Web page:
The 1990′s The 1990′s was another decade of fashion change. The early 1990′s held onto some of the same styles, but as the years progressed, the styles became a little sexier and less traditional. Rock & Roll was the primary influence that changed this time period, slowly doing away with the big veil and long sleeved, modest wedding dress.
The early 2000′s
This is where personality prevails. The idea of making your wedding day your own has become more acceptable, and for good reason; it’s your day! As the years progress, creativity and using inspiration from years past, and future, has become more acceptable. Whether your invasion of the perfect wedding day is with all of the glitz and glamour or a casual picnic in the park, make it your own!
Here are some top trends shaping weddings now.
Professionals are predicting a return to formality and dramatic opulence. “Say goodbye to Mason jars and burlap, and say hello to caviar and elegance,” says South Florida-based party planner Sara Renee Lowell . “Wedding vendors are sick of couples bringing in the same rustic, vintage inspiration photos. Opulence is in.”
Which means the return of dramatic floral arrangements on pedestals, gleaming candelabras, and loads of professional lighting (translation: no more simple strands of café lights). For a recent wedding, New York event designer David Stark created a luxurious reception with a formal French garden theme: Sculpted hedges around the perimeter of the venue and structured dinner table centerpieces were juxtaposed against a lush, romantic canopy of flowers and glowing lanterns suspended overhead.
Pictured: David Stark created a formal French garden theme for a recent wedding reception.
Social Media Bans
With a smartphone in nearly every guest’s purse or pocket, wedding-day photos are almost guaranteed to appear in real time on social media sites. But more and more couples are politely restricting smartphone usage during the ceremony using cleverly worded signage (displayed at the venue’s entrance or printed in the ceremony program), as well as verbal reminders from the officiant.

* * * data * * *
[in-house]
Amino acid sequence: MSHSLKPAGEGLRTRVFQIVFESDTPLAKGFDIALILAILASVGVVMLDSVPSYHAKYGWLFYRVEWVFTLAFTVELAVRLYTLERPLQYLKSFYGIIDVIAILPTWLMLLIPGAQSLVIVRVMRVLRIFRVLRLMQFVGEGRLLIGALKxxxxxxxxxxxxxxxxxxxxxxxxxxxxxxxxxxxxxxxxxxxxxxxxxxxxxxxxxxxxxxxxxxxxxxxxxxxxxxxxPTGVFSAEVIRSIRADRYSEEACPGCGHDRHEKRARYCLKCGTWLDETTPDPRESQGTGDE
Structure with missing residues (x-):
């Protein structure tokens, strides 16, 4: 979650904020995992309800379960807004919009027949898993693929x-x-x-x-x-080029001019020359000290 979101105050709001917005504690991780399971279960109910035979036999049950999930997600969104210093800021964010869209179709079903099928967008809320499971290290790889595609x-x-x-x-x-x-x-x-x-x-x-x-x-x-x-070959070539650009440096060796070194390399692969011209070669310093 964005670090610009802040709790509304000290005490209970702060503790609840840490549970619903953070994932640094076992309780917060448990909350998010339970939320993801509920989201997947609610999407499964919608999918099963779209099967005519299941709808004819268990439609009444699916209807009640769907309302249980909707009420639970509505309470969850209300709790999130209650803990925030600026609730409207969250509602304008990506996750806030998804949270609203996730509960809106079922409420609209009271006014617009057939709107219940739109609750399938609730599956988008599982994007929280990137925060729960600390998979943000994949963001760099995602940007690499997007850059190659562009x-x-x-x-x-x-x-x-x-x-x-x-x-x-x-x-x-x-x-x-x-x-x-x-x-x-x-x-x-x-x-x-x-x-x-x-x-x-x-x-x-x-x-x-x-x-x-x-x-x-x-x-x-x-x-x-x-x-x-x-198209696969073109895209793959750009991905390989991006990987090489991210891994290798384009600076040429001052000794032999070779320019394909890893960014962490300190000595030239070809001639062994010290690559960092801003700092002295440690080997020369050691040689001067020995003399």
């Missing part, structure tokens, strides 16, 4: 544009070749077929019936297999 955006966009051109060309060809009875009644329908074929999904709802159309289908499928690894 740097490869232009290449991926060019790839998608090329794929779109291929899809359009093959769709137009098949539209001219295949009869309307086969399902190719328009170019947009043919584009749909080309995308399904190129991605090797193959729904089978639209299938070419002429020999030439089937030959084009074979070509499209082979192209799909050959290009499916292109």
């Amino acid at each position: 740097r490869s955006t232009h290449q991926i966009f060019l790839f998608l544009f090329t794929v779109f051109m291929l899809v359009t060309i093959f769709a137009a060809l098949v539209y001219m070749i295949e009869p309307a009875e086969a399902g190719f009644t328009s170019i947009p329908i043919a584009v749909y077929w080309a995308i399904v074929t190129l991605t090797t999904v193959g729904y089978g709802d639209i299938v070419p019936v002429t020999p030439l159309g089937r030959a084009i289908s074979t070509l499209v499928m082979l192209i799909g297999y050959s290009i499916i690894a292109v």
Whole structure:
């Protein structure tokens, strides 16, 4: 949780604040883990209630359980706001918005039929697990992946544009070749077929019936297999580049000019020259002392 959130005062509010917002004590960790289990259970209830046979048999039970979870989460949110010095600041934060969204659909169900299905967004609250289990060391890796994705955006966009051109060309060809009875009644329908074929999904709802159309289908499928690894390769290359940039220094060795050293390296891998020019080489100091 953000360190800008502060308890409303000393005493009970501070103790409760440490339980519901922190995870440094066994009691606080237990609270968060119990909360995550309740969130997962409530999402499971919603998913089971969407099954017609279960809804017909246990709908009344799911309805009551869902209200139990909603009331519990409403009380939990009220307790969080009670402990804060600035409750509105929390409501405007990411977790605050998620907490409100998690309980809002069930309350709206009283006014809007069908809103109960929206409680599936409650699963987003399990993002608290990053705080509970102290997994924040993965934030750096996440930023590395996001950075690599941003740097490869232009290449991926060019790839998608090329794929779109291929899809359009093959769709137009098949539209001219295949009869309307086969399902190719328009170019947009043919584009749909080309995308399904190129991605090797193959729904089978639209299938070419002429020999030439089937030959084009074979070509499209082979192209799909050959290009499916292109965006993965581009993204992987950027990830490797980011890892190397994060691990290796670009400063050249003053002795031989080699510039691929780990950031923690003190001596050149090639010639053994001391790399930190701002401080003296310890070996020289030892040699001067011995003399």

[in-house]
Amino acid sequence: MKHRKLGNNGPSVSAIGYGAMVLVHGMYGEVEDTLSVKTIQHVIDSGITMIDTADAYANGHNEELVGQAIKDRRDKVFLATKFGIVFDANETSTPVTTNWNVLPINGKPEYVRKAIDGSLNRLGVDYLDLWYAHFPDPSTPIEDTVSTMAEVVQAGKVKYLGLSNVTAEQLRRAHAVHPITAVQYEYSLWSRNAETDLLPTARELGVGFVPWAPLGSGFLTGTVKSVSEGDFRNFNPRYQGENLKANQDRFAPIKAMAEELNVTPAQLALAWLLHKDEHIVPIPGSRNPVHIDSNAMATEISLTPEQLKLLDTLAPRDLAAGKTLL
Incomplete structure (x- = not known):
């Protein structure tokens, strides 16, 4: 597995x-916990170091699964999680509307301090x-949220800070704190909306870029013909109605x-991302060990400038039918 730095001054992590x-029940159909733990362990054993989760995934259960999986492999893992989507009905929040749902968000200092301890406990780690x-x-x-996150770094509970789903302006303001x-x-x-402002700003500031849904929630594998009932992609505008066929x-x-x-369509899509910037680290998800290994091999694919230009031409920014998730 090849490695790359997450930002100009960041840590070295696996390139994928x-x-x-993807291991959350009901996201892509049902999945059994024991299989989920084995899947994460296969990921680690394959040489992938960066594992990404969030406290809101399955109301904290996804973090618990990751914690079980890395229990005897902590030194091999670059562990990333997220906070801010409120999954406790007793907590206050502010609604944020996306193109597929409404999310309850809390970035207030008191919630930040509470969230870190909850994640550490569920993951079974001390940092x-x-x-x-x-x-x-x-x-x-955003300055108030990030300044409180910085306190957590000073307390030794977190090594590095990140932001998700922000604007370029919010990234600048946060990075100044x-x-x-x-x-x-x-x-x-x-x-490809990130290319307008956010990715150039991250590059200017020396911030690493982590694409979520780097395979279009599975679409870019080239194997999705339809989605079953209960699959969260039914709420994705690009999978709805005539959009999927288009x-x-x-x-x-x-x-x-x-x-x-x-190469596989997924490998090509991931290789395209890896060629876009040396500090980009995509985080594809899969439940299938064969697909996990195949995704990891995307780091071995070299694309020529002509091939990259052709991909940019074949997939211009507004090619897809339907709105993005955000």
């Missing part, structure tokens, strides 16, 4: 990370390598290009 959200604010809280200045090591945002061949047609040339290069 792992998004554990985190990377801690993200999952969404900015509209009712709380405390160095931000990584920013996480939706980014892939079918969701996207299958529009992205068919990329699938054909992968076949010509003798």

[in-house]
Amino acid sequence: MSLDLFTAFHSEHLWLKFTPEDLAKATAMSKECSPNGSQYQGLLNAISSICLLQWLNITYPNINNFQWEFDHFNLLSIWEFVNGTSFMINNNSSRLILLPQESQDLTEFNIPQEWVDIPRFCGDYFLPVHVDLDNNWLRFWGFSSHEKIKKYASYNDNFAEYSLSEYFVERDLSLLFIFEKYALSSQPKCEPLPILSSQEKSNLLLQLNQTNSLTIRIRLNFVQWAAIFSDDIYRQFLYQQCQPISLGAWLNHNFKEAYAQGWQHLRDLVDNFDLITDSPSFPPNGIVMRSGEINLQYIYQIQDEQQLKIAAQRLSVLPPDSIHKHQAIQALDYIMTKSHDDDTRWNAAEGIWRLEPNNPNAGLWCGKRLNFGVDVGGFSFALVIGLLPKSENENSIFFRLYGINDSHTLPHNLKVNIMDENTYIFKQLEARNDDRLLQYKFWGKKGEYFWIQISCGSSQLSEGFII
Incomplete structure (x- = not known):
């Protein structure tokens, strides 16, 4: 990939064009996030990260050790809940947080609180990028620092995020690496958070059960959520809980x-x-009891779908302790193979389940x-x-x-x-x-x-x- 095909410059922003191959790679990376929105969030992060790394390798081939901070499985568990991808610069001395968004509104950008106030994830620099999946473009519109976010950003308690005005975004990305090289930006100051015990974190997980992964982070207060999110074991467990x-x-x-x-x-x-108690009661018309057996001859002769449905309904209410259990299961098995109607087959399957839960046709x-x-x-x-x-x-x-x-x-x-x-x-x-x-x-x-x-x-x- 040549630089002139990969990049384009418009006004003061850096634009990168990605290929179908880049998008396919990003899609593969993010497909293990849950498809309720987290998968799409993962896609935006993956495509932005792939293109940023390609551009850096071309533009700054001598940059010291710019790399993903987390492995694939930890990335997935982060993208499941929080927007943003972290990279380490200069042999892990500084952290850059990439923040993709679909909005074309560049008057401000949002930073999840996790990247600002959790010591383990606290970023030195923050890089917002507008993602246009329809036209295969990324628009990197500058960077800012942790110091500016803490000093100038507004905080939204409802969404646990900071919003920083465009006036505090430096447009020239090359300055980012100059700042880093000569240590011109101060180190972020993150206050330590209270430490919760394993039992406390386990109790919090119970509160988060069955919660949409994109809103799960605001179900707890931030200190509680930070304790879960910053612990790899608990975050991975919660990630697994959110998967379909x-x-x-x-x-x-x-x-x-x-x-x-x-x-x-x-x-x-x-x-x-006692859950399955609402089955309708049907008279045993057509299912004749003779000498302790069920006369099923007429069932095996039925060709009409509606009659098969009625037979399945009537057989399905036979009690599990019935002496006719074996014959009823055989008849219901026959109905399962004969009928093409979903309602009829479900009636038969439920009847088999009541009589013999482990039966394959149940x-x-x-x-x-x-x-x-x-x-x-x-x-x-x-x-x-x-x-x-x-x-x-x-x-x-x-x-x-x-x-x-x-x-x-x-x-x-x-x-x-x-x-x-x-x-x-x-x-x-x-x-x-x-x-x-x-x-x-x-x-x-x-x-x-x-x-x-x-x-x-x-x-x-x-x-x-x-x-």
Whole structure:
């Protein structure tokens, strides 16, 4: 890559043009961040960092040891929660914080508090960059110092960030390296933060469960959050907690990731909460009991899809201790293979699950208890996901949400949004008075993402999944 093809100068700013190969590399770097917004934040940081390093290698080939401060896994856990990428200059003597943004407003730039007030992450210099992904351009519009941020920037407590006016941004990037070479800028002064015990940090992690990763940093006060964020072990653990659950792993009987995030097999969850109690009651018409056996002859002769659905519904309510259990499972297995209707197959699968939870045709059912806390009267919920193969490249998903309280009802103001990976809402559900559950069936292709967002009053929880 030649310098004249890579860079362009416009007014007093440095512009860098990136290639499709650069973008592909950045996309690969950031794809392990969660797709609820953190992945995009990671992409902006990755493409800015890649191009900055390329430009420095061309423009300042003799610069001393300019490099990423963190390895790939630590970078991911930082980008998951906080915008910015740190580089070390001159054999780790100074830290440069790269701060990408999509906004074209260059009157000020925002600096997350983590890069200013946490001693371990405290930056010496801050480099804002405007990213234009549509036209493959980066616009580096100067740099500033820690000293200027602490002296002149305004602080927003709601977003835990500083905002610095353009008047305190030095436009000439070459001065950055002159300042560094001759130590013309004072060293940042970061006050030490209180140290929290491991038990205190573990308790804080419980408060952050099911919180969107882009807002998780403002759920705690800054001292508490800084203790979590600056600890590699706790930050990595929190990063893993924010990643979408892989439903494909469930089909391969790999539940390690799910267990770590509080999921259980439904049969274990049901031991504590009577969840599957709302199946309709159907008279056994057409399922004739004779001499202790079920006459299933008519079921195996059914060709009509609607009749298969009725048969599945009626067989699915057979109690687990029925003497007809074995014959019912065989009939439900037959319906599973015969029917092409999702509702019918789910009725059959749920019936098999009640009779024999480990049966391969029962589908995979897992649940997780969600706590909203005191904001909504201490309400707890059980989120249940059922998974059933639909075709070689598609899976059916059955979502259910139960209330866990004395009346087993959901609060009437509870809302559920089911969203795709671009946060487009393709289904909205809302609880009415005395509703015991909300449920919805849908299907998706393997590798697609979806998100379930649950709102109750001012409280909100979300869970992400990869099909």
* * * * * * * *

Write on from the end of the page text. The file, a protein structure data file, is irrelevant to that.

“We’re going to see more and more ‘unplugged’ ceremonies in 2014,” says Renny Pedersen, Chicago wedding planner.. “Nothing is worse than seeing a beautiful photograph of the bride walking down the aisle marred by a bunch of cameras and iPhones. This way, the wedding photographer is able to get the most important shots, without any unobstructed views.” Bonus: Guests will also be more present during the ceremony.
Pictured: A printed chalkboard sign by DesignSmithPaperArts asked guests to keep their smartphones and cameras in check.
Tapas-Style Tasting Plates
Family-style dinners were a huge trend last year, but they’re actually quite expensive to pull off, and the platters of food require significant table real estate, says Calder Clark of South Carolina-based Calder Clark Designs. So, what’s next? Bar-height tasting stations, where guests receive artfully plated, fork-friendly miniature meals prepared on the spot by stationside chefs. Experts say guests love the variety.
“Today’s couples are serious foodies, and they come bearing recipes and resolute memories from their favorite restaurants,” Clark says. “They want to include them in the reception, and there’s no easier way to do that than with the tasting plate—it’s petite, going back for seconds is totally kosher, and guests are able to be more experimental with unfamiliar foods.”
Pictured: For a wedding designed by Calder Clark, chef Johannes Klapdohr created an elegant tasting plate of Southern fried tomatoes drizzled with aged balsamic vinegar and accented with edible nasturtiums.
Large Focal Points
Rather than decorating the reception with a slew of blink-and-you’ll-miss-’em D.I.Y. details, couples are more interested in decor that makes a statement. “The 2014 bride is ditching contrivances for oversize ‘wow’ factors like custom dance floors, vast patterned wall installations, and Versailles-worthy furnishings and lighting,” says Clark. “Our client is tired of littering seated tables with tchotchkes and is favoring the mantra ‘go big or go home’—in good taste, of course.”
As a result, couples are asking, “What will catch my guests’ attention when they walk in our tent?” Clark says. “Savvy couples realize that very few will remember custom-colored confetti packets at each place setting, but everyone will remember a nighttime ceremony lit only by 500 luminaries.”
Pictured: For recent wedding, Calder Clark designed an installation that served as a focal point: The 3-D wall was inlaid with boxwood topiaries arranged in a geometric pattern.
Source: Bizbash.com Source: weddingsbylily.com